There are reports today that the Delta variant is much more likely to reinfect people than the Alpha variant. The Telegraph has the story.
People who have previously caught Covid are now more likely to be reinfected because of the delta variant, a study has found.
Laboratory analysis revealed that the mutation that originated in India is four times more able to overcome protective antibodies from a previous infection compared to the U.K.’s alpha variant.
The study also found that a single dose of either the Pfizer or AstraZeneca vaccines provided just 10% protection against the delta variant.
The variant was already thought to be up to 60% more infectious than the version which swept the U.K. last winter.
The findings, published in the journal Nature, help explain why the virus is spreading so quickly, particularly among younger adults, fewer of whom are double-vaccinated.
It’s important to be aware that this is just a set of laboratory tests on one virus sample. It involves no examination of real world reinfection rates.
Furthermore, it only tests antibodies, not T cells, so is not giving a full picture of the immune system’s response. As the authors admit, one limitation of the study is “the lack of characterisation of cellular immunity, which may be more cross-reactive than the humoral response”.
The claim that a single dose of the vaccines only gives 10% protection against infection with the Delta variant is also not based on any measurement of real world infection rates but on how many of the antibody blood samples “neutralised” the virus in the virus sample. While it may be true that one dose of the vaccines gives limited protection against the Delta variant, this is not the way to quantify it.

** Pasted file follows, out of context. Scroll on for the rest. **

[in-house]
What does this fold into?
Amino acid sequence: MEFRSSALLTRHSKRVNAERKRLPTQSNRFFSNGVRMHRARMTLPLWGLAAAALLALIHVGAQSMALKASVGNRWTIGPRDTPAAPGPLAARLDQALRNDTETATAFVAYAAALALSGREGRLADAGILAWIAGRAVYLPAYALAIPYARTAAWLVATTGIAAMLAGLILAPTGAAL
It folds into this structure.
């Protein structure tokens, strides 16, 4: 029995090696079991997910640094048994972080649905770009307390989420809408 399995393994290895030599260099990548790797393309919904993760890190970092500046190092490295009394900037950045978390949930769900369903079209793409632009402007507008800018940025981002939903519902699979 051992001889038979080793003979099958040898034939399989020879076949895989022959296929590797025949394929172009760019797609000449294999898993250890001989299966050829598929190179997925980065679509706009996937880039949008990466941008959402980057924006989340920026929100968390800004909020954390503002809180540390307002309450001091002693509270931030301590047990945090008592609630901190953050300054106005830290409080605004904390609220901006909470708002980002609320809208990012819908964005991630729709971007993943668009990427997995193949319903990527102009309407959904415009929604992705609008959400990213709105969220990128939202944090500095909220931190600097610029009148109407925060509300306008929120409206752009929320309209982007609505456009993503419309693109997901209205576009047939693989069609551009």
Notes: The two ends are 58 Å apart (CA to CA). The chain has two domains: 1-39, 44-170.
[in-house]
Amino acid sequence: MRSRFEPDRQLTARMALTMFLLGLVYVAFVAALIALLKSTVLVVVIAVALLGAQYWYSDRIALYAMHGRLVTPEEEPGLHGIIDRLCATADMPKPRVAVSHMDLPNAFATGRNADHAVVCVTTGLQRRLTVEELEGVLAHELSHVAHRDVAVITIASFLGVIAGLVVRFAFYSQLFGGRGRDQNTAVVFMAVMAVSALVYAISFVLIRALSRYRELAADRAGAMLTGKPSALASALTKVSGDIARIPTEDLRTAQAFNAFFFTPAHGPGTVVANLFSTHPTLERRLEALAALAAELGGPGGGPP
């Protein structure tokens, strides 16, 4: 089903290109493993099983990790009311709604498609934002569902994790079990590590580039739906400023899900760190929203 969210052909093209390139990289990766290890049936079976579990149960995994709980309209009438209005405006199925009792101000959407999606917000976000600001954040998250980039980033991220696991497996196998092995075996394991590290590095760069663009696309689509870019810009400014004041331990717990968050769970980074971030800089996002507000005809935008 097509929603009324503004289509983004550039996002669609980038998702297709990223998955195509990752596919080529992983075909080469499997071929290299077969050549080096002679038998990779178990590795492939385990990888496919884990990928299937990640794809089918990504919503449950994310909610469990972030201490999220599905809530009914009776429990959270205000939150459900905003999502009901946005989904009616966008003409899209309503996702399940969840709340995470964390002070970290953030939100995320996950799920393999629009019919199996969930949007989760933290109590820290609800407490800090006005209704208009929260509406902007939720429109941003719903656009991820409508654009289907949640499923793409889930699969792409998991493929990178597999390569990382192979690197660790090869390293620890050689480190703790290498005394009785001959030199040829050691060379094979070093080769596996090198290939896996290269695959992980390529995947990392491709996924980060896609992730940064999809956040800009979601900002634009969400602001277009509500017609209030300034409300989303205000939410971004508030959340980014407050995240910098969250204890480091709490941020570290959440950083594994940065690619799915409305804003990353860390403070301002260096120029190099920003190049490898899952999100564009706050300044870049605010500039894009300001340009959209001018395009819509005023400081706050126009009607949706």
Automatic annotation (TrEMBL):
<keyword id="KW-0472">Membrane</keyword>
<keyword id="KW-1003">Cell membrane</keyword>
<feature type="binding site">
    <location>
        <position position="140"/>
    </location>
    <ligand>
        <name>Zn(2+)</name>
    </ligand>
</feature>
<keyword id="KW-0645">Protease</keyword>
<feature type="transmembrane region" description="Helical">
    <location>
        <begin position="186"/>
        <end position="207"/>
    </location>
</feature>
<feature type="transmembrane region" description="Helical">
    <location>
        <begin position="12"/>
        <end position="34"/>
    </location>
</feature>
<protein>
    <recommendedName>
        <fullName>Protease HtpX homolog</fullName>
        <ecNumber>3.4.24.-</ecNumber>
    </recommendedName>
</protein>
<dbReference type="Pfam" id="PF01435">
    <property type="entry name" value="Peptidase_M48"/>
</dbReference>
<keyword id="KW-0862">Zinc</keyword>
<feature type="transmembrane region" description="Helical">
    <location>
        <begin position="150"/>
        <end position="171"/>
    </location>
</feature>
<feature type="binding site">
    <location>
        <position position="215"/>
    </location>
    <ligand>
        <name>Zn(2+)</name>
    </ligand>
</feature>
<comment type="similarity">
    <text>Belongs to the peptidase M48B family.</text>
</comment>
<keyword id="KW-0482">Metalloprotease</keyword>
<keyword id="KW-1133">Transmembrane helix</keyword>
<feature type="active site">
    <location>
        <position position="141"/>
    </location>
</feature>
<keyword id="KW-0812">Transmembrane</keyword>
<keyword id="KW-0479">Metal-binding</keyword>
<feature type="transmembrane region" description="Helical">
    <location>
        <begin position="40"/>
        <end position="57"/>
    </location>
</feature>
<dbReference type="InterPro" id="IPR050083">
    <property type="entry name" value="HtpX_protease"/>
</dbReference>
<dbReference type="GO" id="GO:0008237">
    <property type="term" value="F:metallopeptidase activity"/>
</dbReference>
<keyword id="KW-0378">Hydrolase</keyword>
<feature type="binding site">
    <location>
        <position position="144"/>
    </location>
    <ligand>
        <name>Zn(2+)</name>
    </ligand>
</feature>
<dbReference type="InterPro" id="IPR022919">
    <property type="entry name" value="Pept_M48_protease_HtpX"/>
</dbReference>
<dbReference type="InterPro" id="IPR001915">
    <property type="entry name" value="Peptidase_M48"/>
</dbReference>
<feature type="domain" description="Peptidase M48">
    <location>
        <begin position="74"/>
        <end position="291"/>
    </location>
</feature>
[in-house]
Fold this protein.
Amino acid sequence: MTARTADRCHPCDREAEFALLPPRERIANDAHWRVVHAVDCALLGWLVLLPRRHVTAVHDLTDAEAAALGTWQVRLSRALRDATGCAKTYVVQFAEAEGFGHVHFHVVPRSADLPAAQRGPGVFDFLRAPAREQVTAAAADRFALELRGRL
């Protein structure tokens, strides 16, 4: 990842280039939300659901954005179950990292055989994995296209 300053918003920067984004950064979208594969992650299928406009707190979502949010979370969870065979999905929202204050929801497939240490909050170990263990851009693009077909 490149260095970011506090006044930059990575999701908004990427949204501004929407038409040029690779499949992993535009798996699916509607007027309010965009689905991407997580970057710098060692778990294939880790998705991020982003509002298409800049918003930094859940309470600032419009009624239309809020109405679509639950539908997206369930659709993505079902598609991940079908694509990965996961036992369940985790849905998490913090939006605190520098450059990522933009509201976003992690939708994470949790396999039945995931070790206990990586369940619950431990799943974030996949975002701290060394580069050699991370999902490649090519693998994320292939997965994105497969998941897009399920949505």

The study argues its findings suggest the need to vaccinate those previously infected to boost their immunity: “These results strongly suggest that vaccination of previously infected individuals will be most likely protective against a large array of circulating viral strains, including variant Delta.”
However, without studies on cellular immunity and real world reinfection rates such a conclusion would be very premature.
Real world data suggests the threat is overblown. Public Health England today reports on the latest reinfection data from the SIREN study of healthcare workers, stating that “reinfections remain at very low numbers in individuals previously either PCR positive or seropositive”. There have been just 16 potential reinfections between April and June 27th in the 44,546 people in the cohort, of which over 9,800 have confirmed previous infections. While 95% of the group are fully vaccinated, only one of the 16 possible reinfections was in the 5% who are unvaccinated. This strongly suggests the real world risk of reinfection, whether vaccinated or unvaccinated, is very small.
With regard to comparison with the Alpha variant, the graph below from the SIREN study shows that reinfection with the Alpha variant (the winter peak), while still small numbers in absolute terms, has so far been much more common than with the Delta variant.
Reinfection with mild or no symptoms as the immune system tops up its defences is not an inconceivable scenario in immunological terms. However, the idea that reinfection with the Delta variant is a major problem for which new interventions are required is, on current data, pure fearmongering.